Let’s All Go Down The Strand

The Twinings Tea Museum is actually a shop built on Tom’s Coffee House in the Strand, and has been around since 1706. It is the world’s oldest tea shop, a narrow canister-lined hall with a tiny ‘tea museum’ (actually a few cupboards) at the end.┬áThe exhibits include a wooden box with the gold-painted initials ‘T.I.P’ […]

Uncovering London

Reading Robert Elms’ new book, ‘London Made Us’, about the radio presenter’s London childhood, I laughed at a memory he revived. Heading down through Farringdon toward Blackfriars you used – until very recently – to pass a big shop sign that said ‘The Fancy Cheese People’. I always imagined their switchboard answering the phones with […]

It’s Publication Day (Again!)

  To commemorate the launch of my latest novel, I had Maggie Armitage over for tea to tell me all about why there are people living in her TV set, the drug dealers on the Blackstock Road, mysteriously moving dustbins, the resurrection and what makes her turn off the fridge at night. The threshing machine […]

London, All Change

Everything has moved around or changed out of recognition Built on the site of the old Bermondsey Abbey, the Bermondsey Market was a thing of wonder, sprawling into the backstreets and surrounding warehouses. You have to get up very early on a Friday morning to go there, and even many Londoners have no idea it’s […]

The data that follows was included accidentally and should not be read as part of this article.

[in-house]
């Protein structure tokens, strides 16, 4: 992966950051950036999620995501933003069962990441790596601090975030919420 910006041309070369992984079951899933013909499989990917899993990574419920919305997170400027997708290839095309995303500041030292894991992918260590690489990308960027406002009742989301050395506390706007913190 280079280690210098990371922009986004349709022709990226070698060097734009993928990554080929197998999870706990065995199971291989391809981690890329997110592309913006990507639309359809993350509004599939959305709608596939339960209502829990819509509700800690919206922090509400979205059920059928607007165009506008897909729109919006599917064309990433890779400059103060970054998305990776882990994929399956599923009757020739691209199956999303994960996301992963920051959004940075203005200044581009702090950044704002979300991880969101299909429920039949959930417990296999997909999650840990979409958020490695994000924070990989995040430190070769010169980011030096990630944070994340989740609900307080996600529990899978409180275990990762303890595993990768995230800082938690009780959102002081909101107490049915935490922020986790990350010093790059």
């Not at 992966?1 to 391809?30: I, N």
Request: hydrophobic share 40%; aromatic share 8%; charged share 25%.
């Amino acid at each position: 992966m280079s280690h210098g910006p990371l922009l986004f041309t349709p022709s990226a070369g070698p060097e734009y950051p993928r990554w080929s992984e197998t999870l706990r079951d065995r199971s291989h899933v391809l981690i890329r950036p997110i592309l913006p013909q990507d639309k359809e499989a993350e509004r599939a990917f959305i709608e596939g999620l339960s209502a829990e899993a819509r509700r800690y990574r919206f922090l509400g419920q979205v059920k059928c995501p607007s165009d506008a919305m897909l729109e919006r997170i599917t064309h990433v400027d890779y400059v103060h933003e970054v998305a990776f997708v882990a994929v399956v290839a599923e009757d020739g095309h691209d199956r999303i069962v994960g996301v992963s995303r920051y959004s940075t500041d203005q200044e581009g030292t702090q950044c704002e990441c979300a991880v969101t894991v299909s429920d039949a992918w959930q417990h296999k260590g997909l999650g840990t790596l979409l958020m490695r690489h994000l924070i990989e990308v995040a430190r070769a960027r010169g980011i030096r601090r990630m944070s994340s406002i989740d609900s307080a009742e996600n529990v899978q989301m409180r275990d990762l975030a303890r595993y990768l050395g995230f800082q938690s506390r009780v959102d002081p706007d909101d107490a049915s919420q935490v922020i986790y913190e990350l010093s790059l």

Inconvenient Foods

As child obesity figures rise again McDonalds is once more in trouble. The junk food giant is accused of cheating its way to children with a McDonalds Monopoly game, while management tries to weasel its way out by saying it’s great for salads when everyone knows that lettuce is not what they’re selling. Do they […]

Forking Out In Britain

  There was a time within recent memory when you couldn’t get a meal or a drink in central London after 2pm. The walk from Westminster Bridge to Tower Bridge yielded not so much as a cup of tea. In Michael Palin’s delightful filmed childhood memoir ‘East of Ipswich’ a seaside lady points out, ‘Breakfast […]

Great Novels Set In WWII

It took a very clear-eyed and unsentimental author like Rex Warner to create such a perversely beautiful, horrific novel as ‘The aerodrome’. Taking a contrary position to the prevailing attitude of the time (1941), that the British Air Force pilot represented a pinnacle of pure order in a time of dark chaos, he tells the […]

London Stories: A London View

The spot where Farringdon Road (one of those routes to which we often attach a definite article) becomes New Bridge Street is not as interesting to look at these days, but it hides a formidable history. And for me, in an odd way, it is one of London’s hearts – one of its key crossing […]

London Stories: The Big Frieze

I set stories in London because when it comes to fables, legends and historical tidbits the city offers up an infinite and continuous supply. London has always been a working city, its streets, wards, neighbourhoods and boroughs defined by the trades of the people who lived in them – but no more. When everyone seems […]

Go Mad Or Go Home

Every time I sit down to write a novel I come up against the same question; how realistic should I make it? How fantastical? How believable should it be? How mad? How down to earth? I’ve written here before about how so-called ‘gritty’ thrillers and crime procedurals are usually nothing of a kind. We see […]